Three ancient sculptures to be returned to Italy

ROME – Italy celebrated the return of three stolen ancient terracotta statues, depicting “Orpheus and the Sirens”, in a ceremony Saturday in newly unveiled Rome. Art museum is saved.

Until earlier this year, the drawings – dating to about 300 BC – were on display at the J. Paul Getty Museum in Los Angeles. But Italian carabinieri officers in the country’s art theft department discovered irrefutable evidence last year that the sculptures had been illegally unearthed from a site in the South. Italy, and the museum agreed to return them.

The head of the carabinieri art theft department, General Roberto Riccardi, said Saturday at the ceremony that two moments after the investigation stood out. The first was in March 2021, when two lieutenants on his team came to his office to report that a suspect in an ongoing investigation had come clean. The statues, the suspect told officers, were unearthed by grave robbers in the early 1970s in a town near Taranto, in Puglia.

The second moment of interest, said the general, was exactly a week ago in Los Angeles, “at the Getty Museum, where the work ended.” General Riccardi said: “To see this work done is truly one of the greatest things of my life.

“Orpheus and the Sirens” will be on temporary display at the museum of Rome, conceived like a show place for the art of repatriation, before becoming part of the permanent collection of Archaeological Museum of Taranto.

“I can’t help thinking that in 10, 100, 1,000 years, someone will come to the museum in Taranto and see the statues in their rightful place,” said General Riccardi. Art can and should be seen everywhere, he said, “but it has to be done legally.”

In the 53 years since the carabinieri art team was founded, the team has recovered thousands of artifacts stolen from churches, museums, private homes and libraries, and discovered countless fakes. Over the past two decades, many archaeological artifacts have been recovered from museums and private collections worldwide, including some in the United States, often purchased at a time when not applicable. rigorous due diligence to determine whether their origin is legitimate or not.

In the first day of this month, The Manhattan District Attorney’s Office seized 27 antique artifacts worth more than $13 million from the Metropolitan Museum of Art, asserting that all items were looted.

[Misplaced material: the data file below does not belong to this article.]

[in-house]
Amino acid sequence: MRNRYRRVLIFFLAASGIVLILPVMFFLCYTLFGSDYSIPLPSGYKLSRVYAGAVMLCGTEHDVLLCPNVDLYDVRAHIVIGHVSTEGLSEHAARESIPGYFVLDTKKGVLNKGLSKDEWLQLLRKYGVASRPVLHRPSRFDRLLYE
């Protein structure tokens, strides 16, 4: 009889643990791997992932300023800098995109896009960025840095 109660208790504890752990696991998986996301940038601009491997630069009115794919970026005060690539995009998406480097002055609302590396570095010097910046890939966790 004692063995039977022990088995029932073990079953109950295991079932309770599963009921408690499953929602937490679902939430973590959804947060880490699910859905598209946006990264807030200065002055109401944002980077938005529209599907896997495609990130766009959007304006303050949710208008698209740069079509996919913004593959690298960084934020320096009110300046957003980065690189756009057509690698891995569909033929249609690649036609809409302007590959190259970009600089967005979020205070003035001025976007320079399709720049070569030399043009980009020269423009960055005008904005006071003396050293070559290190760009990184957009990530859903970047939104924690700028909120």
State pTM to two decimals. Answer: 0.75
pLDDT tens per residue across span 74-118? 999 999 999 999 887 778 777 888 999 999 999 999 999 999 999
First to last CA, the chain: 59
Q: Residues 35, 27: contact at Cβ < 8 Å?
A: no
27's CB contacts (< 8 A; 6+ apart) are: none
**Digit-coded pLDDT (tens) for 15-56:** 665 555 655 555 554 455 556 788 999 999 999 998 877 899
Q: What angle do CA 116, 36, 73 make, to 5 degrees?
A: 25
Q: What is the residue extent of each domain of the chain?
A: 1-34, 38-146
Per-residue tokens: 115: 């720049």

New York investigators were also involved in the return of the “Orpheus and Sirens” statues along with the carabinieri, prosecutors in Taranto and the US Department of Homeland Security. Three statues were returned to Italy along with 142 looted artifacts, mostly belonging to billionaire industrialist Michael H. Steinhardt and the Royal-Athena Gallery in Manhattan.

Getty museum officials say the life-size terracotta figures were acquired by Getty in 1976, and his diary says he paid $550,000. Officials said Saturday that the work was valued at $8 million.

The carabinieri’s expertise, knowledge and success “is something that Italy should be very proud of,” Italy’s Culture Minister, Dario Franceschini, said on Saturday.

Stéphane Verger, director of the National Roman Museum who oversees the new Rome museum, says that the figures of “Orpheus and the Sirens” are about to begin “a new life”, starting with their display at the museum. museum, different from how they were shown in Los Angeles.

At the Getty, three statues were side by side display. In Rome, Orpheus’s figure was placed opposite two sirens, to better explain the “meaning of the piece,” Verger said.

In Greek mythology, sirens lured sailors to their deaths with their songs. But Orpheus, traveling with a group of Argonauts, helped them sail safely through the sirens by playing his lyre loudly and singing.

“It was a moment of confrontation,” he said. Re-reading of the three figures has become “possible due to the recovery,” he said.

Franceschini, the culture minister, said it was imperative for looted artworks to be returned to their place of origin because they were “central to the identity of a territory”, he said. “When they returned home, it was a moment of great celebration, very proud, and it will be the same in Taranto, as they welcome ‘Orpheus and the Sirens’ with open arms.”

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